Balls in the air, missives in the post. Thirty minutes of the inaugural LIV Golf event had been played when a bulletin from Ponte Vedra overshadowed anything that was about to happen at the Centurion Club. Greg Norman stands with the banned of the PGA Tour.
The Australian had been all smiles on the 1st tee as Dustin Johnson, Scott Vincent and Phil Mickelson appeared as the marquee group. Speaking before making his way on to the course, Norman admitted his desire to take on golf’s ecosystem had been something of a crusade. His action was guaranteed to prompt a PGA Tour reaction. It duly did.
“I was sitting in the players’ lounge earlier, taking it all in, thinking ‘Oh my gosh, this is what it’s all about,’” Norman told the official broadcasters. “To see the players, to feel the caddies, to have the family members coming up to me. I said to all of them, ‘This is for you guys and the fans.’ We have been trying to get this thing off the ground for three decades.
“I just feel so happy for the players. I feel so happy that we have brought free agency to the game of golf. I’m proud for the game of golf. We are growing the game of golf.” And all with a straight face. Paying exorbitant, guaranteed sums to golfers is not growing anything. It also defies any basis of competition.
Norman’s claim – and this is a recurring one – that “free agency” has arrived in his sport is nonsensical. Players are beholden to LIV, their checks and by extension the Saudi Arabian public investment fund which writes them. Show ponies in polo shirts and slacks. Norman is not marching forward on some altruistic mission. That he is being kept away from the mainstream media during what should be a week to capture hearts and minds is telling.
The backdrop was pretty underwhelming. A pale imitation of the band of the Grenadier Guards playing trumpet music as a pale imitation of the Red Arrows flew overhead. London black cabs shuttled players to tees for a shotgun start. In Hemel Hempstead; one hopes drivers turned the meters off.
Those belonging to lawyers within the golf industry are running as if powered by Duracell Bunnies. Many had questioned the PGA Tour’s silence as Mickelson and al landed in the UK but it was only when shots were hit that disciplinary action could be taken. The DP World, formerly European, Tour will need to articulate its precise position before too long.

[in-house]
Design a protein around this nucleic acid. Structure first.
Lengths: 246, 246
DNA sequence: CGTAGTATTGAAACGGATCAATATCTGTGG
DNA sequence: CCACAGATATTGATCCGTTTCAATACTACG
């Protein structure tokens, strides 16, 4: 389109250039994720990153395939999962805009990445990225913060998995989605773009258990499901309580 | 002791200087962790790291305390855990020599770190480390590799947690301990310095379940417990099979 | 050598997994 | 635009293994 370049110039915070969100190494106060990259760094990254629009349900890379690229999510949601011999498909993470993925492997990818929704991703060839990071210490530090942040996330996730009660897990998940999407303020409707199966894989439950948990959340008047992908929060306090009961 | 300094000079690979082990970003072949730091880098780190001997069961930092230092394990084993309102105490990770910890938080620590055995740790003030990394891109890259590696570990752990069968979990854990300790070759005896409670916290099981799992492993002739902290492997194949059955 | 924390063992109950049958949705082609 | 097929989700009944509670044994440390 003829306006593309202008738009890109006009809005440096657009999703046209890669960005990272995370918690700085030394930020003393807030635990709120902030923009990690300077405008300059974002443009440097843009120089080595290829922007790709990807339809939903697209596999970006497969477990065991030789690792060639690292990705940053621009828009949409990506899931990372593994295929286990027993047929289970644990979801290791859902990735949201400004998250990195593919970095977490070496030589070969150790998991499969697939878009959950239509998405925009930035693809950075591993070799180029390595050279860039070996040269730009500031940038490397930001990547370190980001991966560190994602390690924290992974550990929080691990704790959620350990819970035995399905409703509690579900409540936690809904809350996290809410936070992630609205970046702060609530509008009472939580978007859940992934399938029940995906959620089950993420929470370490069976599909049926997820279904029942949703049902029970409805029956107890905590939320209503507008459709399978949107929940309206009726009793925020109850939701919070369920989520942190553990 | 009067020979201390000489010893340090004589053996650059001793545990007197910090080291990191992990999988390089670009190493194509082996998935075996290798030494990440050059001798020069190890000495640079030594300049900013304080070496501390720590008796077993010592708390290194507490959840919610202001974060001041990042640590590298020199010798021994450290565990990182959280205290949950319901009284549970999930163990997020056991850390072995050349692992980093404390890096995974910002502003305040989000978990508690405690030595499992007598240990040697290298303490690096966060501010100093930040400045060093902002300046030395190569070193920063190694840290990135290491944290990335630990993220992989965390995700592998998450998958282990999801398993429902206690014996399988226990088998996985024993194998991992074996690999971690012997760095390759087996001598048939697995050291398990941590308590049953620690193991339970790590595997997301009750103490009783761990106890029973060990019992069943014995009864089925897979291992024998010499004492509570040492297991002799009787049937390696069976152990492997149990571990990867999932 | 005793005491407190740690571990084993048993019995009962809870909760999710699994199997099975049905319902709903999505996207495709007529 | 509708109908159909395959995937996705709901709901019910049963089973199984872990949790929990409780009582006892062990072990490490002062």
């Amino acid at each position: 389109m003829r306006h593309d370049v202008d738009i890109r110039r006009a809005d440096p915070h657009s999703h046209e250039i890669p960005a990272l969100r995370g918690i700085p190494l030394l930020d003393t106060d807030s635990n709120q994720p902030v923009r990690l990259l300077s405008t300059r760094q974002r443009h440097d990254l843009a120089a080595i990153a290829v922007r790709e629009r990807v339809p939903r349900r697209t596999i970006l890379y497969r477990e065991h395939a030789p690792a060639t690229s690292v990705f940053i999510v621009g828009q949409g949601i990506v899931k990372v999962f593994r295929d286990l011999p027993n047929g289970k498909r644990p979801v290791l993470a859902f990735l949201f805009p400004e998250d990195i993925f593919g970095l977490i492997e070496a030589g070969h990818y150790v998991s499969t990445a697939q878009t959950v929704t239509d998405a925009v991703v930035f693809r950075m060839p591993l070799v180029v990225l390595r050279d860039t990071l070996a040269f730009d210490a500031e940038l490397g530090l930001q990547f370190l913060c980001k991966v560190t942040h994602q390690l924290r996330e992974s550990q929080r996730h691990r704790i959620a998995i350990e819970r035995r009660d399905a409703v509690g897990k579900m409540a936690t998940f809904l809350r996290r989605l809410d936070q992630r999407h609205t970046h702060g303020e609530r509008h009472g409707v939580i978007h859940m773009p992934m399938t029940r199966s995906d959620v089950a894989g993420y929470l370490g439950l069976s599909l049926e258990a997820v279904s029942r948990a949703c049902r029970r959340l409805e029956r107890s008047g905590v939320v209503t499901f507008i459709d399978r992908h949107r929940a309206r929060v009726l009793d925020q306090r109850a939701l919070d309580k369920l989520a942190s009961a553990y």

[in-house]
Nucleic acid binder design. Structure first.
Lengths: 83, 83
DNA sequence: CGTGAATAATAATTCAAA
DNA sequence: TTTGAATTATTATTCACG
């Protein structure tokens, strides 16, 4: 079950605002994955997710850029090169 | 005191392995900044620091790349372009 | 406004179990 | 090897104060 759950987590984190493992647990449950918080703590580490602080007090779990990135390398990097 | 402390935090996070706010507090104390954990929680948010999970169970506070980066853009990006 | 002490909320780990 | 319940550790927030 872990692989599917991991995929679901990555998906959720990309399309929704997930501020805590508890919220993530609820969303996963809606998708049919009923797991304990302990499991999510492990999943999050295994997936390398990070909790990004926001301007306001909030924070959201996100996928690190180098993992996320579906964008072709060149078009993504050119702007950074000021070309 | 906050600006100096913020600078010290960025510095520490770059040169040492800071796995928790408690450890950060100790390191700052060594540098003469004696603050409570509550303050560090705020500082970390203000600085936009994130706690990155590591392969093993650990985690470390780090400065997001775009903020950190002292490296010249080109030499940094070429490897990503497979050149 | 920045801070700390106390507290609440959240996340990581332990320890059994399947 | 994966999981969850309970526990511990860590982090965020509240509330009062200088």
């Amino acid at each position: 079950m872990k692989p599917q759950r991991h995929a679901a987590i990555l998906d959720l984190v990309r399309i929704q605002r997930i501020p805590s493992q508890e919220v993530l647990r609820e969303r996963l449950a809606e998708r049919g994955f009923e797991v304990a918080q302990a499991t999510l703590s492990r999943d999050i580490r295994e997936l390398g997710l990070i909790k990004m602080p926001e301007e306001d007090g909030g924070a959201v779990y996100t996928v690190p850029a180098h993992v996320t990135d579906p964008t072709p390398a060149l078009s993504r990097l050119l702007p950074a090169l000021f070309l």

Natural intrigue associated with the product meant its YouTube stream routinely commanded tens of thousands of viewers at a time. The background was not so much commentary as excitable propaganda. “The first birdie in LIV Golf history,” boomed Arlo White as Martin Kaymer rolled in a putt. The rest of us have cause to ponder how on earth it has come to this for Kaymer, a former world No 1 and two-time major winner.
Later a “sea of humanity” was depicted from the booth. There was little by way of humanity as 81 individuals were executed on a single March day in Saudi Arabia. Thus far, golfers have done nothing whatsoever to highlight the kingdom’s human rights position while afforded the perfect platform. The depressing inference is that they do not care, an impression endorsed by the greeting of Mickelson and Johnson by the public investment fund’s hierarchy as they holed out at the 18th.
Mickelson donated his own branding, save a Masters logo on a vest that will have drawn nervous glances from Augusta National. His golf was initially slack, which was at least understandable given a lengthy absence from competition, but Mickelson recovered to open with a one-under-par 69. Johnson matched that score. Sergio Garcia is two shots worse off.
With attendance numbers not specified, we were left to speculate. The following for Mickelson and Johnson was decent enough – it is worth noting crowds on the DP World Tour are often poor – but there can have been no more than low four figures watching. Conversation with a handful of spectators failed to return a report of even one paying full price for a ticket.
Surely it stung the egos of Lee Westwood and Ian Poulter, such celebrated English golfers, to be putting out in front of three men and a dog. Well known faces from inside the golf industry, fascinated by what this concept was really all about, walked outside the ropes. Perhaps the most unimpressive group in this whole tawdry affair, the agents who nudged golfers towards grubby deals, lurked in the shadows.
The golf was as golf is, on a nondescript course. Two and a half hours for nine holes undermined any sense that LIV will oversee the game in short, sharp form. Nothing that has transpired thus far depicts revolution. Or, indeed, that LIV will not simply occur away from the mainstream of sporting consciousness when early curiosity fades. Charl Schwartzel heads the field after 18 of 54 holes. The South African sits two rounds from a $4m bounty.
As this rumbled on, Rory McIlroy was opening with a 66 at the Canadian Open. Matt Fitzpatrick, who could not be tempted by Centurion despite the prospect of a huge payday in his own country, posted a 64. The unavoidable feeling is that the PGA Tour matters more to those with a sporting conscience. For all their chutzpah and dollar sign pull, this is what LIV have somehow to circumvent. The early signs are not altogether promising.
It is the bigger picture, one of civil war, that dominates. “Shot just got real” is a LIV marketing slogan. Too right it did.